It is hard to overestimate how confusing and possibly intimidating it may be to the subscriber to do his or her own installation. When generating instructions, make sure the steps are clearly spelled out, the parts are illustrated and labeled carefully, and the instructions are tested several times before being published. Simplify it whenever possible and use as many large scale illustrations as is feasible.
Remember that the subscriber may not know any acronyms or understand even the most basic technical principles. Instructions should always come with cautions and warnings of potential mistakes as well - for example, be sure to emphasize that you should NEVER USE A WRENCH when making connections to a television or set-top box.
4. Select the proper length of cables for your SIKs
Knowing which lengths to use in your SIKs can be tricky. In general, you only need to provide enough cable to go from one device to another in a small setting, but there are always exceptions. Do a thorough analysis of the home/ business environments in your network and then develop profiles that will fit the majority of them. Each profile can be matched to a certain length of cable to be included in the kit. Most operators offer one shorter and one longer cable in the standard SIK.
The following characteristics would be the ideal for an SIK:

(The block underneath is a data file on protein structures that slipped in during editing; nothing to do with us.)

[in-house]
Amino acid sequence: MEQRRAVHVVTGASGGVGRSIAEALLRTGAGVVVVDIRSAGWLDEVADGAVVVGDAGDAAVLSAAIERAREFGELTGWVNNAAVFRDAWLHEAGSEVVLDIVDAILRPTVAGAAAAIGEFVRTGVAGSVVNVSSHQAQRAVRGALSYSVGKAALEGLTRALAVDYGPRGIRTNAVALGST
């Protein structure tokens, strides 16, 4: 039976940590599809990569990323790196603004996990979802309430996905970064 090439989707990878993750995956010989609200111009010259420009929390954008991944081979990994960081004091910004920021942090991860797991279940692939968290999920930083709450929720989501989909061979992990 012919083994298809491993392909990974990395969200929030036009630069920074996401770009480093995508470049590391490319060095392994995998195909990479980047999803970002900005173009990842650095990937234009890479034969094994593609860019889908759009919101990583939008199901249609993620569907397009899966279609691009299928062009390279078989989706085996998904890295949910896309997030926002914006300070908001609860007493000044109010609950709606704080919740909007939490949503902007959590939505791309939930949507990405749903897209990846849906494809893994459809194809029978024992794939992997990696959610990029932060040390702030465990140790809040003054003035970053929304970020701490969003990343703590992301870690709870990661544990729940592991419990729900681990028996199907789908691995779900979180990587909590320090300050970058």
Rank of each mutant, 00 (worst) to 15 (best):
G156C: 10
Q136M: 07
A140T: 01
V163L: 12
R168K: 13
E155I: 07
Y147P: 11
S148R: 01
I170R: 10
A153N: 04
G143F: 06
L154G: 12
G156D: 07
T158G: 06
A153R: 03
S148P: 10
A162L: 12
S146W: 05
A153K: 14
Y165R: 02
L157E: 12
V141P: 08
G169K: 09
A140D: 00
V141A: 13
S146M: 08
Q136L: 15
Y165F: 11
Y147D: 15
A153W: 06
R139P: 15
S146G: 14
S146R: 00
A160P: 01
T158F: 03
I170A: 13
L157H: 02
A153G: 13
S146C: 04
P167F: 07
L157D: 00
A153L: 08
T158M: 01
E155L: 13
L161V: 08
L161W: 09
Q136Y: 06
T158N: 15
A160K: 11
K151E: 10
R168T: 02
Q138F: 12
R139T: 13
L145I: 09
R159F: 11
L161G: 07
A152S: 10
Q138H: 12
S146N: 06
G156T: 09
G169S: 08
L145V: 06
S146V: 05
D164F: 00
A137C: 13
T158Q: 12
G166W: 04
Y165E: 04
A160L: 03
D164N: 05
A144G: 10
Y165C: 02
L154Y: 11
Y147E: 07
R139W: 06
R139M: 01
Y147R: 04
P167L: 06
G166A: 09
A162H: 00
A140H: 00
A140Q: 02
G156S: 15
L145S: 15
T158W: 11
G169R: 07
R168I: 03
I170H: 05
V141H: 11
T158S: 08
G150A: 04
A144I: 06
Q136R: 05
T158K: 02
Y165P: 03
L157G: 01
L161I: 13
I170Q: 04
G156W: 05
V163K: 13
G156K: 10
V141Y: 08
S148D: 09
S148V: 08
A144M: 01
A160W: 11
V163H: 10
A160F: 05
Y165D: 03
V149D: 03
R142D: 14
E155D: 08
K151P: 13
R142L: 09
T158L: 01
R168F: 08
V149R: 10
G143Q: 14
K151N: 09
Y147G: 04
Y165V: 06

- A physical connector profile that allows hand tightening, while discouraging wrench tightening.
- Performance achieves signal transmission approaching that of a fully-tightened connector, even if left loose.
- The customer can easily identify the right parts and connections and quickly understands the tasks required.
As you know, service calls cost you money. A little preparation and pre-planning go a long way to helping the consumer and preventing you from having to repair or replace their self-installation. Get the right parts, the right instructions, and the right tasks into the customer's hands so they can turn up revenue-generating services as quickly as possible. It is likely this issue will continue to grow in importance as the types and numbers of services available continues to escalate. Get ready, and get your customers ready, for the next waves of innovation by having a well-thought-out SIK strategy.